I wasn't sad about missing Spoon on their last swing through San Francisco, but I was glad to see that Britt Daniel was returning for Noise Pop.
Britt Daniel, Swedish American Hall, March 29, 2006: Spoon's normal setup is undeniably spare, but Britt's solo rig is almost comically minimal. As far as I could tell, he had one boombox, one amp, one guitar (a gorgeous brown Gibson hollow body), and maybe a few pedals. At least the boombox looked snazzy.
Britt carried along an informal setlist, but he said early on that he would play what the audience wanted to hear and, in fact, picked up many requests. To start, he launched into the awesome "Advance Cassette," and over the course of the night, he played a mix of Spoon's five albums. To my delight, he hit more older songs than I expected, though as you might've guessed, Gimme Fiction tracks had the edge. We got a great cover of John Lennon's "Isolation," and I'll never tire of hearing "Metal Detektor" or "The Agony of Laffitte." Finally, any night where you hear a song from the Soft Effects EP is a good gig.
Britt was surprisingly modest, apologizing and warning us about songs that he didn't think would work. Before "Me and the Bean," he commented that he wished he had written it, and he claimed that he couldn't carry off "Fitted Shirt" without the harmonies and the drums. As far as I'm concerned, I didn't hear a bad song in the bunch. I can't comment on the new songs just yet; they sounded fine, though I didn't love either one the way that, say, "Delicate Place" hit me as soon as I heard it.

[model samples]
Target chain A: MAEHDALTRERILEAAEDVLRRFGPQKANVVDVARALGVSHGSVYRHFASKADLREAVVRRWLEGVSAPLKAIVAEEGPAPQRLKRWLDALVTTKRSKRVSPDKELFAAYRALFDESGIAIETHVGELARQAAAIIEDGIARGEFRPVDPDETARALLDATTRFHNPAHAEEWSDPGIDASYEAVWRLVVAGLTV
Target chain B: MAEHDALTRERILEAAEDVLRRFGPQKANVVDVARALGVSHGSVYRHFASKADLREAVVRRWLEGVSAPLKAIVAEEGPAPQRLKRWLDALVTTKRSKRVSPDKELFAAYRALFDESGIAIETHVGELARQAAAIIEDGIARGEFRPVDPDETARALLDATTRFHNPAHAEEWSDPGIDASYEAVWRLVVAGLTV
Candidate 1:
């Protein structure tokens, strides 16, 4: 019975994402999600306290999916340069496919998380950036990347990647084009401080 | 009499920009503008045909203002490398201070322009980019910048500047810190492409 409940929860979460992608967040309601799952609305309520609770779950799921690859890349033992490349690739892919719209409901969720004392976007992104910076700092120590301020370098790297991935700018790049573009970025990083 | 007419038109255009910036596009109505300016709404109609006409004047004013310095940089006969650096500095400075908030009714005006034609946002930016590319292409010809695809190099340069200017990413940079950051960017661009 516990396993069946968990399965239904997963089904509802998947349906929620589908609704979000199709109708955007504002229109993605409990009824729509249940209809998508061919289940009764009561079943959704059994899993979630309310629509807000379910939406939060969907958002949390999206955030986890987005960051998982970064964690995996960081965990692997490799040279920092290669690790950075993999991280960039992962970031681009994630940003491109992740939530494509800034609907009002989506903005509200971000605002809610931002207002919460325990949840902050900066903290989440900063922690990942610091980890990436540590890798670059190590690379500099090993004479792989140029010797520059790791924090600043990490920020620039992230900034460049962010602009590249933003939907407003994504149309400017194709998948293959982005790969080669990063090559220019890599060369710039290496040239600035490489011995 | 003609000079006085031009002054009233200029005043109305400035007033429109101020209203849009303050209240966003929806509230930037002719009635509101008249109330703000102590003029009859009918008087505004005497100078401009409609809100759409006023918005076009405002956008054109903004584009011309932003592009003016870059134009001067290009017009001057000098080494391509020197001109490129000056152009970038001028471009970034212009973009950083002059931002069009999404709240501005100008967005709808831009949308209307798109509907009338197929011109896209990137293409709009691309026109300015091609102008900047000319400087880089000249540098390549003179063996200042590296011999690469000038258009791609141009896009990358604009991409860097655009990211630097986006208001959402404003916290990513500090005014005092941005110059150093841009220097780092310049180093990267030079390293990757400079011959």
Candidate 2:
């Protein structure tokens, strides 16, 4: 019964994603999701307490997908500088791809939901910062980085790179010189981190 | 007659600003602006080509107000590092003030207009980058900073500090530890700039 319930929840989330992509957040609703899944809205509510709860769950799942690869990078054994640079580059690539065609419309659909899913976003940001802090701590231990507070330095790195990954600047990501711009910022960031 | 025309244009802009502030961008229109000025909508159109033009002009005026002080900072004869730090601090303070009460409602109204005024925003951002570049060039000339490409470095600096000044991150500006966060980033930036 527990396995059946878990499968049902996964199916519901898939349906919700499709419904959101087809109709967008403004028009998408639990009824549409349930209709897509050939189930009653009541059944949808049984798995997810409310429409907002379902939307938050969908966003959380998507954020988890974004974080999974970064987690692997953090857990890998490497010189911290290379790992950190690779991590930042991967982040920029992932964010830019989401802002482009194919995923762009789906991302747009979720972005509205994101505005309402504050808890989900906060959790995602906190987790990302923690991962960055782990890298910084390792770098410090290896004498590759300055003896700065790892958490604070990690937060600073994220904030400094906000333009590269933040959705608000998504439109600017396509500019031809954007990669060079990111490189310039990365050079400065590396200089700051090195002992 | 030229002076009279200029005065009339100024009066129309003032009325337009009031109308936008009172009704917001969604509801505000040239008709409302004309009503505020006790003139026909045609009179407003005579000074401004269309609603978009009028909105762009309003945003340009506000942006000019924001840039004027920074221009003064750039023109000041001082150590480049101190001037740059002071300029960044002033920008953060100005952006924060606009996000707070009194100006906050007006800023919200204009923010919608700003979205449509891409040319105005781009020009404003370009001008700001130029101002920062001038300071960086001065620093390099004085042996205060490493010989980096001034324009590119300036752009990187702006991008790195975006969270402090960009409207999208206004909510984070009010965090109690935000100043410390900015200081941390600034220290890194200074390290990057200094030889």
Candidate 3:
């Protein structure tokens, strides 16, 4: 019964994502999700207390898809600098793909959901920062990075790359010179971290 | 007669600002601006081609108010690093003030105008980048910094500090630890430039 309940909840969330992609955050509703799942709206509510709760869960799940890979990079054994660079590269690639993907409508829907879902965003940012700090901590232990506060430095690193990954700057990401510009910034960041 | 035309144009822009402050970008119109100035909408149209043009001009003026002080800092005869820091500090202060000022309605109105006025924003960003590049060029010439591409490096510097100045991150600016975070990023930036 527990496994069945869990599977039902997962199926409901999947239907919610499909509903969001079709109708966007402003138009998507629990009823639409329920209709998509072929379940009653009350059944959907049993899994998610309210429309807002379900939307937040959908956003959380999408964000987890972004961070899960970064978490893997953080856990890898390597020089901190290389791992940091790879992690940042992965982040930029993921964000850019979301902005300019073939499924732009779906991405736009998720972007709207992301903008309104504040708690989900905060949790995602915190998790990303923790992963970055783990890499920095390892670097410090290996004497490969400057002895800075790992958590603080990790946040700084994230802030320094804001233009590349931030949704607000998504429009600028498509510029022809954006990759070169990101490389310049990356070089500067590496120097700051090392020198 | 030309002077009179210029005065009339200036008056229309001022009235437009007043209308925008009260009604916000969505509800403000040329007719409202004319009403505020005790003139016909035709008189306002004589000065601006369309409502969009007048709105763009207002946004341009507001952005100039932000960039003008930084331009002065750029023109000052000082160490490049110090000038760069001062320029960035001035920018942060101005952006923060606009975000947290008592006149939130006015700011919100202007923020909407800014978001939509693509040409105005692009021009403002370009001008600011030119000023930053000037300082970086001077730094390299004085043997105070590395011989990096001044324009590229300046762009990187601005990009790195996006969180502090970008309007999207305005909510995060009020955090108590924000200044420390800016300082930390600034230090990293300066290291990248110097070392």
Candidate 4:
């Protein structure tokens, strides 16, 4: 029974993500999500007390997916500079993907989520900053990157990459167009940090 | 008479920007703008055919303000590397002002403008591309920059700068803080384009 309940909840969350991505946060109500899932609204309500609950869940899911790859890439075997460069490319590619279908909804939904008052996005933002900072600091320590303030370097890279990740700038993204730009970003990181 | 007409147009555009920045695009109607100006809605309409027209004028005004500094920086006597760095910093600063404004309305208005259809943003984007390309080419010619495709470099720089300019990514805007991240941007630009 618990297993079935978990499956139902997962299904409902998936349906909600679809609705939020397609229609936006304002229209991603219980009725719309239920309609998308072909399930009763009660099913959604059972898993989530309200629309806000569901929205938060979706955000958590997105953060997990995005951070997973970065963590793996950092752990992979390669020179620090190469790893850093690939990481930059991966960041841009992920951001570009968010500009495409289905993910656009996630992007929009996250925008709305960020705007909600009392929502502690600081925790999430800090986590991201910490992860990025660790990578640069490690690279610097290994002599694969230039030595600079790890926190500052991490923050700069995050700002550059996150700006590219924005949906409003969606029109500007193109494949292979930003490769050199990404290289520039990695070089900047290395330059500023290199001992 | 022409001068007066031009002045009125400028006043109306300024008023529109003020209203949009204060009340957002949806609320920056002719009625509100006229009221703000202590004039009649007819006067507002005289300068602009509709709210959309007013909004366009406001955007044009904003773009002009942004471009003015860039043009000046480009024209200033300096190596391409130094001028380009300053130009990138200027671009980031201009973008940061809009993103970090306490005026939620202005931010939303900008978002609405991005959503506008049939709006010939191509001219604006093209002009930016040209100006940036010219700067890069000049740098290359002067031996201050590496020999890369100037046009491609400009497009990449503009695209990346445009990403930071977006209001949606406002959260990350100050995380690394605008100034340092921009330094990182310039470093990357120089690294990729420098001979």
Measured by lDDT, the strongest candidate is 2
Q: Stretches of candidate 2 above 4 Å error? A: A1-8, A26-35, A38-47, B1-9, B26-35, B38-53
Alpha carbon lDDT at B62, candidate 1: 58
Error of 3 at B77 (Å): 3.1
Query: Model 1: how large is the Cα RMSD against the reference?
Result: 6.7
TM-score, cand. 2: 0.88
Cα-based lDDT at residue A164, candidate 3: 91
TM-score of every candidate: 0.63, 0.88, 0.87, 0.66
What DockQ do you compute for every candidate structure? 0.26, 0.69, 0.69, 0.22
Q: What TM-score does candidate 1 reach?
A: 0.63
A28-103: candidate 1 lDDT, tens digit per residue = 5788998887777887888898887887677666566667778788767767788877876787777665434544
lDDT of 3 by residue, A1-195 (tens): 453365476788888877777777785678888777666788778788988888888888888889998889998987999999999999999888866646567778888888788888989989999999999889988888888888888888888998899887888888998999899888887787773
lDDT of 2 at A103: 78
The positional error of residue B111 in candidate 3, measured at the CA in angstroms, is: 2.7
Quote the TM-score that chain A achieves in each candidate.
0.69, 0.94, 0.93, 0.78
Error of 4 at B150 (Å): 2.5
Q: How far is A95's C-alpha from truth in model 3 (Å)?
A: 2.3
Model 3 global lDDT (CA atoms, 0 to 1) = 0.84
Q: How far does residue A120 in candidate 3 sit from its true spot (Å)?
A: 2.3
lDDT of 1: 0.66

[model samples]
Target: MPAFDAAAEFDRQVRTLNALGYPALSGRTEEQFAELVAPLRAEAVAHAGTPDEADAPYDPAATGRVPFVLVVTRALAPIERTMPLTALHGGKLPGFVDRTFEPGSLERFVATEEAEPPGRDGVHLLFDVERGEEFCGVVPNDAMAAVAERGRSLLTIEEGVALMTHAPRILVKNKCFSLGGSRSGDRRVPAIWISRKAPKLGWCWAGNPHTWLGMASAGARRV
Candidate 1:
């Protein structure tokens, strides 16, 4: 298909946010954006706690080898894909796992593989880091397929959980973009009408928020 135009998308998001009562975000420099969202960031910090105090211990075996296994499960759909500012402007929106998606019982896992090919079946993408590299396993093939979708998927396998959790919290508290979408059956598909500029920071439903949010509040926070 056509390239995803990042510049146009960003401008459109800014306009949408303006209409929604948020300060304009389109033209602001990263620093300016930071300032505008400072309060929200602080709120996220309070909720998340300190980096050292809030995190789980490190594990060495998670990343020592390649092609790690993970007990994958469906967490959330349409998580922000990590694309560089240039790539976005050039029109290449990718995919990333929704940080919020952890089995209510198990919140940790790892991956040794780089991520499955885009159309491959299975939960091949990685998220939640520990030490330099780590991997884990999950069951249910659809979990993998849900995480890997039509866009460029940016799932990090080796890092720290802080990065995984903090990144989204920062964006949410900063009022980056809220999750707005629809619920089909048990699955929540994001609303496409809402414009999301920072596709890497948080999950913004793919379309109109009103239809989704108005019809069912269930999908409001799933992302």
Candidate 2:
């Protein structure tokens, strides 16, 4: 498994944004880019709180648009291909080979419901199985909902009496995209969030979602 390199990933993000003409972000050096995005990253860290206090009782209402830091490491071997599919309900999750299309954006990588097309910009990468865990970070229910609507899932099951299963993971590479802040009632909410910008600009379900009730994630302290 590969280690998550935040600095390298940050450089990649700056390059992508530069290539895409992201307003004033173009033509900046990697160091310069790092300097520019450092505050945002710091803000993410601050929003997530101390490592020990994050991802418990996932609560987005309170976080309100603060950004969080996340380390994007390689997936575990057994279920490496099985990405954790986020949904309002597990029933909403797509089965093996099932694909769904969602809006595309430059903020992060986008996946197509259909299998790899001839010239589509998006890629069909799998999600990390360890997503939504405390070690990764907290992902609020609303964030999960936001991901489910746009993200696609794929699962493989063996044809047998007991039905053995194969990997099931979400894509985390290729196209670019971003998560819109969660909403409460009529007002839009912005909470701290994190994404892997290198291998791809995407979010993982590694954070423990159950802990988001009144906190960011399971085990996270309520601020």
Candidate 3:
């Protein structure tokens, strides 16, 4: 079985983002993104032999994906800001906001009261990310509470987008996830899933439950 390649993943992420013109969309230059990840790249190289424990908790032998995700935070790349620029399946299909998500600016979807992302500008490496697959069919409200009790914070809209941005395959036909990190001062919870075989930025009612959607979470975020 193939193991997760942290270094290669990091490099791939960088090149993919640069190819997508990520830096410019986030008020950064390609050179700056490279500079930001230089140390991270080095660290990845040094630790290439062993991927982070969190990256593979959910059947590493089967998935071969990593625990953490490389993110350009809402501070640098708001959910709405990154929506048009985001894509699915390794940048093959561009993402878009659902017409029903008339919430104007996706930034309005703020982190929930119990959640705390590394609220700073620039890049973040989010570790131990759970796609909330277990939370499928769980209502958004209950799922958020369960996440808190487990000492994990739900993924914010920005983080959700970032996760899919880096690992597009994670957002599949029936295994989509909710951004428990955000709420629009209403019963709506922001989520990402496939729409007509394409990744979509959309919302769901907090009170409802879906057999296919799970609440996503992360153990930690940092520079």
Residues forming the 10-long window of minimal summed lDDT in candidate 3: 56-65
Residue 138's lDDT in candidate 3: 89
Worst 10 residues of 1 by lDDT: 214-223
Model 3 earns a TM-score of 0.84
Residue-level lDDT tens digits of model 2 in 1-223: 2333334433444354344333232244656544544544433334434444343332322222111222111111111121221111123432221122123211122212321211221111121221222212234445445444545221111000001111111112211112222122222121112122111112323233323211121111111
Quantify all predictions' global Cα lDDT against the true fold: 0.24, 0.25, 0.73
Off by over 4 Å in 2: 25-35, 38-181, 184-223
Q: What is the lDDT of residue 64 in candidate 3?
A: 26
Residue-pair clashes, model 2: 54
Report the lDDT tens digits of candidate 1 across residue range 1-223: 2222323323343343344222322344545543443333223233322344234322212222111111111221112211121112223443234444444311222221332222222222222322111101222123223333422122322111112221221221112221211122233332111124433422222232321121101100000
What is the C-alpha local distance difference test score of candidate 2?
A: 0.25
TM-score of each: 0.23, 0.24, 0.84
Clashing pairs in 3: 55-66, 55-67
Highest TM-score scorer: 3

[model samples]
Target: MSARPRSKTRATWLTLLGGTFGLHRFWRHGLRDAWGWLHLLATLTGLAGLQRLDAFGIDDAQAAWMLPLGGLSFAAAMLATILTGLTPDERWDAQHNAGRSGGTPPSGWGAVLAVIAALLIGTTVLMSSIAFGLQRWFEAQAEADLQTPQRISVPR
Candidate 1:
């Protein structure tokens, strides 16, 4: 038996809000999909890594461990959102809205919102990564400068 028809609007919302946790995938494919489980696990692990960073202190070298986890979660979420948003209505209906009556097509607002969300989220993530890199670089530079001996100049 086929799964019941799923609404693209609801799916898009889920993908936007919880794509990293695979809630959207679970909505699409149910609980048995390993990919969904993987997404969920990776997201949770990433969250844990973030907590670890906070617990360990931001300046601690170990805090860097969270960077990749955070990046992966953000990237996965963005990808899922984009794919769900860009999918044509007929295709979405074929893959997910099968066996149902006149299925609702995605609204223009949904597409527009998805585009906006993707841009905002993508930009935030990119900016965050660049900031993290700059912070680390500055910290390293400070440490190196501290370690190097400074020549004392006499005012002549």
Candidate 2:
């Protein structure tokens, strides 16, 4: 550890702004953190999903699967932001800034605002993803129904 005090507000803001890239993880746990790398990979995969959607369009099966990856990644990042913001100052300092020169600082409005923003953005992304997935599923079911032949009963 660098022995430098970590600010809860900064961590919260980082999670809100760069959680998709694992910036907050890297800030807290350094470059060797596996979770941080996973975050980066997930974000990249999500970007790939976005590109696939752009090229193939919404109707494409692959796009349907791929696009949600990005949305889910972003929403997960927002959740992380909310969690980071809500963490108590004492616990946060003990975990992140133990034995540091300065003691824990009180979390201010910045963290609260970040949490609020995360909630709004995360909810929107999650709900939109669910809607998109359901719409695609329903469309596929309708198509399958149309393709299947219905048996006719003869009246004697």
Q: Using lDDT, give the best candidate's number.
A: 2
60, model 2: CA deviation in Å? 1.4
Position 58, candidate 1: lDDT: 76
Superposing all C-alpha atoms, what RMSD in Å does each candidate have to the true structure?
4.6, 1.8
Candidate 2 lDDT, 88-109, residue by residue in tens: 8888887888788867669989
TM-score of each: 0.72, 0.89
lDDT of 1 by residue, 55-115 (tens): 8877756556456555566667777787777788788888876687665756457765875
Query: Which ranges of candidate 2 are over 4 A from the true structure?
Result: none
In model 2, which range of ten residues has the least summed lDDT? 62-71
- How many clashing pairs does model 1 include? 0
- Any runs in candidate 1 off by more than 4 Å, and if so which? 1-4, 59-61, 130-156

At one point, Britt mentioned that he's played more solo shows in San Francisco than anywhere else other than Austin. It didn't sound like he had planned it that way, but I'm glad to have been able to enjoy the bounty in my own backyard.
The openers were all singer-songwriters, though with different styles. The first one was named Meric Long, and he wore his heart rather visibly on his sleeve. I liked his use of loops, and for one song, his friend played the chair (rhythm). The second was named Martyn Leaper, from the Minders. We noted that his songs were about 2 minutes each, and Annie and I nudged each other during his rendition of "Waterloo Sunset." The last was Laura Viers, who had opened for Colin Meloy back in January. She played a longer set this time, and I loved the part when she went completely unplugged and played her song while walking around the hall, like a true troubador.
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